Updated: Feb 1
Sample This! Part Two
A Brief Introduction to Sampling in Music: Part Two – From the Avant Garde to the Mainstream
In the previous article, we explored some of the historic context of sampling. We saw some borrowing, reusing, and repurposing musical material was nothing new to the world of music. And that, as 20th-century composer Igor Stravinsky put it, "A good composer does not imitate, he steals.” In this second installment of this series, we will look at how new analog instruments were created using sampling, how popular music and “art” music are intermingled, and how sampling started to become a popular music staple. We will see how with new analog sampling instruments the the sounds of the orchestra—and beyond—were now at the musician's fingertips.
Analog Sample Instruments
As we discussed in the previous article, we saw how the invention of magnetic tape allowed Pierre Schaeffer and the Studio d’Essai, as well as others, to create new music by sampling and manipulating sounds. Schaeffer and other composers/inventors created new musical instruments to make this possible. This included Schaffer’s own taped-based device the Phonogene, which was a keyboard-controlled instrument that was capable of replaying loops at various speeds.
Schaeffer’s influence on the sample-based popular music today can not be overstated. Listen to his Étude aux Chemins en For (Study of the Iron Paths) from 1948 where he manipulated recorded sounds of trains. As Schaeffer’s student and accomplished French electronic musician, Jean-Michel Jarre said in 2007, “Back in the 1940s, Schaeffer invented the sample, the locked groove—in other words— the loop, delay and the concept of re-forming sounds. It was Schaeffer who experimented with distorting sounds, playing them backwards, speeding them up and slowing them down. He was the one who invented the entire way music is made these days.” Other composers/inventors continued Schaffer’s innovations and this lead to many inventions, including two tape-based, keyboard instruments, the Chamberlin and the Mellotron. Since these instruments did not use computers or digital technology, they are analog sample-based instruments.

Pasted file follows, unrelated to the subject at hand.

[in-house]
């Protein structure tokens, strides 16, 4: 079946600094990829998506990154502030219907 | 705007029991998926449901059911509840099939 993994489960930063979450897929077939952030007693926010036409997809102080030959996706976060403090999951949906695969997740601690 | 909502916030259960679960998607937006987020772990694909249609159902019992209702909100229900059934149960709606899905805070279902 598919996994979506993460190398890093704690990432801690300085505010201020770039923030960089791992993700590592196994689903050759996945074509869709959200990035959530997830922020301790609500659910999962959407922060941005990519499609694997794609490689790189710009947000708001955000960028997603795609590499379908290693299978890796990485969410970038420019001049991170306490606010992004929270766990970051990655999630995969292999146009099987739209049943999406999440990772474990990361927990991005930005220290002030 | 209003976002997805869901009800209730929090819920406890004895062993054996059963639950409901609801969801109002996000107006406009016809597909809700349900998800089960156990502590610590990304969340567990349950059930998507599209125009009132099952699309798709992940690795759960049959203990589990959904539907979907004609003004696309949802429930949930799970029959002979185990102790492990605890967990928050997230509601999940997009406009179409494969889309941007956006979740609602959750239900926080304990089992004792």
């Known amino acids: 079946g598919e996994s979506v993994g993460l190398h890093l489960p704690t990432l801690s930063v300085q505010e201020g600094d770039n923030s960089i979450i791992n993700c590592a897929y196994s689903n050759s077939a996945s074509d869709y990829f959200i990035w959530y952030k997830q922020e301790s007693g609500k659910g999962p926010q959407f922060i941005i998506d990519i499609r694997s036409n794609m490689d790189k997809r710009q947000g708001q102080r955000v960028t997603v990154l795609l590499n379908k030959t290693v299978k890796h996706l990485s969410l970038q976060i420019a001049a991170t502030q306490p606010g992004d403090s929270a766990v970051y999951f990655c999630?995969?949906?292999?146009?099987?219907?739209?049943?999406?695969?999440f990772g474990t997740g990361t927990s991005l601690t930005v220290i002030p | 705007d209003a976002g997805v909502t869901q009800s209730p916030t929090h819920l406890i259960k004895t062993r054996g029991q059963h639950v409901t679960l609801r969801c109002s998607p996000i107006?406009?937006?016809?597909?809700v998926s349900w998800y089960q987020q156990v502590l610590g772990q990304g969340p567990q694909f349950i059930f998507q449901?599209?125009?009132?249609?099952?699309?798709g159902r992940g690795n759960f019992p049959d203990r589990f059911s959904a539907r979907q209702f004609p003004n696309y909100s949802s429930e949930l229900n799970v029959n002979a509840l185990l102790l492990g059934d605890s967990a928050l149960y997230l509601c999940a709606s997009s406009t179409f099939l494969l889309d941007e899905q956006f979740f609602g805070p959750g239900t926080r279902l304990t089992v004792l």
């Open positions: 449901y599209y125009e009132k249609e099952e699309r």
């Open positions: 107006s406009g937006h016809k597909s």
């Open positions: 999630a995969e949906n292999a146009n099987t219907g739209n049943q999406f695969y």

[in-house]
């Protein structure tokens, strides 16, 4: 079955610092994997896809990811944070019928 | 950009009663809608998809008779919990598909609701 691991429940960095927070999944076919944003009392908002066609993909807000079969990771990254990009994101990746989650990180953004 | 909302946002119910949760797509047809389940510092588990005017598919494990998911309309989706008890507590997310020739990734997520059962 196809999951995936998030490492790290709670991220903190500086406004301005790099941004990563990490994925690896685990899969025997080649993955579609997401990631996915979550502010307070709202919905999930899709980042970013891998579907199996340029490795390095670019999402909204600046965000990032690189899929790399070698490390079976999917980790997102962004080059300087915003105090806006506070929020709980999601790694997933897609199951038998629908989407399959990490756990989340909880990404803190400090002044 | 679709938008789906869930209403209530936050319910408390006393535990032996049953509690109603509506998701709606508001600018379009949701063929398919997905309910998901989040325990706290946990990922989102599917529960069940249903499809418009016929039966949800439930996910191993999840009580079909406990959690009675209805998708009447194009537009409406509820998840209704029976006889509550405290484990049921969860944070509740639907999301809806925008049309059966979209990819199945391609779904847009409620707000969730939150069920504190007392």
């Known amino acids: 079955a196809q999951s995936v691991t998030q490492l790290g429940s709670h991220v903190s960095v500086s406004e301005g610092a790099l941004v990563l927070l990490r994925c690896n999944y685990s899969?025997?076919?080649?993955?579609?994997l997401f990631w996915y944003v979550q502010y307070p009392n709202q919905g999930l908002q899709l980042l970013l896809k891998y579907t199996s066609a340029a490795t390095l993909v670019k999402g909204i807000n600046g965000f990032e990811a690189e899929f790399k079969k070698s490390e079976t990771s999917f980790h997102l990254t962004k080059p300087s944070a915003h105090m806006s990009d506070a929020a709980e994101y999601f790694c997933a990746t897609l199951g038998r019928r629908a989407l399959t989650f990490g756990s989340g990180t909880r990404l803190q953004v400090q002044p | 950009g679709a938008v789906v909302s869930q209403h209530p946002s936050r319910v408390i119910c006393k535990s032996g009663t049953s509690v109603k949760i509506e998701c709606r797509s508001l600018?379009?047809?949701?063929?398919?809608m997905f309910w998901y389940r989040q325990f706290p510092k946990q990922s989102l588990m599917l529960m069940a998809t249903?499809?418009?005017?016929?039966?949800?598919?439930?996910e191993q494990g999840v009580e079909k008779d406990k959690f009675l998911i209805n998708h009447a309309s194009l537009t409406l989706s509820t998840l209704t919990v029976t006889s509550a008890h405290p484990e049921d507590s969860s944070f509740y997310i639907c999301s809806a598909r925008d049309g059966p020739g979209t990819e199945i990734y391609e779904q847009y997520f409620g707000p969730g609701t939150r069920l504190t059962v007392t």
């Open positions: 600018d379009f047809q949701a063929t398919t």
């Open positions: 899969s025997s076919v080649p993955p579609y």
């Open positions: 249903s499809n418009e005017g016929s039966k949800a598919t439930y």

The Chamberlin was invented and developed by American inventor Harry Chamberlin starting as early as 1949, and he continued to develop the instrument until 1956 when the first model was introduced. It was an electro-mechanical keyboard which triggered tape-loops of many different pre-recorded instrumental sounds. The Chamberlin is like a grandfather of the Digital Samplers, such as the SP-404a by Roland of today.
Sounds were originally sampled from the Lawrence Welk Orchestra, instrumental sounds included keyboard instruments, brass, human voice, strings and sound effects. The instrument viewed primarily as a novelty for home use, however, some popular musicians in the 1960s and onward incorporated it into their music-making. In the video above, you can hear both sound effects and instruments that were sampled on tape and played with the Chamberlin.
The popular music producer and highly-regarded film composer Jon Brion often uses Chamberlin for effect in music he produces, including 1996’s hit Criminal written and performed by Fiona Apple, where Brion not only used an analog sample-based keyboard instrument, but he chose to use it to re-play a snippet of a song first published in the 1850s, Streets of Cairo.
Listen on WhoSampled, https://www.whosampled.com/sample/89201/Fiona-Apple-Criminal-Sol-Bloom-Streets-of-Cairo-or-the-Poor-Little-Country-Maid/. You can also hear Brion’s fondness for the Chamberlain in 2020’s Circles. This album was completed by Brion (who was its producer) after the artist Mac Miller tragically died in 2019. Brion’s film scores, including 2004’s dreamy Eternal Sunshine for the Spotless Mind and 2002’s dark Punch Drunk Love, also highlight the Chamberlin.